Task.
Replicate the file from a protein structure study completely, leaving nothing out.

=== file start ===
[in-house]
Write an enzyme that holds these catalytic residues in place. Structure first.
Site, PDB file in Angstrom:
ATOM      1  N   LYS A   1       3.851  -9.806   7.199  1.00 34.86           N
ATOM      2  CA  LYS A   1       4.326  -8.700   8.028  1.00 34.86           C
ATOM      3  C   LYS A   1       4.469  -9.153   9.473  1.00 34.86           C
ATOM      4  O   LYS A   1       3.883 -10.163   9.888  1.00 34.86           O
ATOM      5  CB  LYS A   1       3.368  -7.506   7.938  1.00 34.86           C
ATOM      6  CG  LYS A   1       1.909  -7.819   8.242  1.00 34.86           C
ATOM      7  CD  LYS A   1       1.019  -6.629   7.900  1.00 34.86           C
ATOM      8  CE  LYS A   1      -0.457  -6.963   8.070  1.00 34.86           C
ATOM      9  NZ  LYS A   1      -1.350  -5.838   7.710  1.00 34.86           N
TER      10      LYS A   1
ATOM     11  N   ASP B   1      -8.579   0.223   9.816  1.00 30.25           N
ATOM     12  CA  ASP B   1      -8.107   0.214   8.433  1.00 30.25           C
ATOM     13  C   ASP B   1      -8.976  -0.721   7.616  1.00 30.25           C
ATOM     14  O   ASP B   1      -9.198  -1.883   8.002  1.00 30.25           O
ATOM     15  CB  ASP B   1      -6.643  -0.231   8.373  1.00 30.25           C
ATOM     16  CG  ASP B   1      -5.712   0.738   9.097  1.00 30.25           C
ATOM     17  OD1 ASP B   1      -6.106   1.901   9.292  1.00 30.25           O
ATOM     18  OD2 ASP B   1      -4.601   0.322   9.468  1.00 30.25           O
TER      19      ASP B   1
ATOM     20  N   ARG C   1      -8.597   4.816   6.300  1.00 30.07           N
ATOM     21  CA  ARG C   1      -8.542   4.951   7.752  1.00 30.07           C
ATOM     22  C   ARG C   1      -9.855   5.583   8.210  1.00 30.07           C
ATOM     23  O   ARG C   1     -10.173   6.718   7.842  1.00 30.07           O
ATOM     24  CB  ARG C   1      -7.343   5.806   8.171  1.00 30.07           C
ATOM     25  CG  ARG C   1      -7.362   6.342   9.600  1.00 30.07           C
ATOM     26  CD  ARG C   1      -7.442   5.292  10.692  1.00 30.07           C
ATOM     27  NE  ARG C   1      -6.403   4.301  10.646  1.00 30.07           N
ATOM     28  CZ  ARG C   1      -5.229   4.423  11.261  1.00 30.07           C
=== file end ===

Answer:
[in-house]
Write an enzyme that holds these catalytic residues in place. Structure first.
Site, PDB file in Angstrom:
ATOM      1  N   LYS A   1       3.851  -9.806   7.199  1.00 34.86           N
ATOM      2  CA  LYS A   1       4.326  -8.700   8.028  1.00 34.86           C
ATOM      3  C   LYS A   1       4.469  -9.153   9.473  1.00 34.86           C
ATOM      4  O   LYS A   1       3.883 -10.163   9.888  1.00 34.86           O
ATOM      5  CB  LYS A   1       3.368  -7.506   7.938  1.00 34.86           C
ATOM      6  CG  LYS A   1       1.909  -7.819   8.242  1.00 34.86           C
ATOM      7  CD  LYS A   1       1.019  -6.629   7.900  1.00 34.86           C
ATOM      8  CE  LYS A   1      -0.457  -6.963   8.070  1.00 34.86           C
ATOM      9  NZ  LYS A   1      -1.350  -5.838   7.710  1.00 34.86           N
TER      10      LYS A   1
ATOM     11  N   ASP B   1      -8.579   0.223   9.816  1.00 30.25           N
ATOM     12  CA  ASP B   1      -8.107   0.214   8.433  1.00 30.25           C
ATOM     13  C   ASP B   1      -8.976  -0.721   7.616  1.00 30.25           C
ATOM     14  O   ASP B   1      -9.198  -1.883   8.002  1.00 30.25           O
ATOM     15  CB  ASP B   1      -6.643  -0.231   8.373  1.00 30.25           C
ATOM     16  CG  ASP B   1      -5.712   0.738   9.097  1.00 30.25           C
ATOM     17  OD1 ASP B   1      -6.106   1.901   9.292  1.00 30.25           O
ATOM     18  OD2 ASP B   1      -4.601   0.322   9.468  1.00 30.25           O
TER      19      ASP B   1
ATOM     20  N   ARG C   1      -8.597   4.816   6.300  1.00 30.07           N
ATOM     21  CA  ARG C   1      -8.542   4.951   7.752  1.00 30.07           C
ATOM     22  C   ARG C   1      -9.855   5.583   8.210  1.00 30.07           C
ATOM     23  O   ARG C   1     -10.173   6.718   7.842  1.00 30.07           O
ATOM     24  CB  ARG C   1      -7.343   5.806   8.171  1.00 30.07           C
ATOM     25  CG  ARG C   1      -7.362   6.342   9.600  1.00 30.07           C
ATOM     26  CD  ARG C   1      -7.442   5.292  10.692  1.00 30.07           C
ATOM     27  NE  ARG C   1      -6.403   4.301  10.646  1.00 30.07           N
ATOM     28  CZ  ARG C   1      -5.229   4.423  11.261  1.00 30.07           C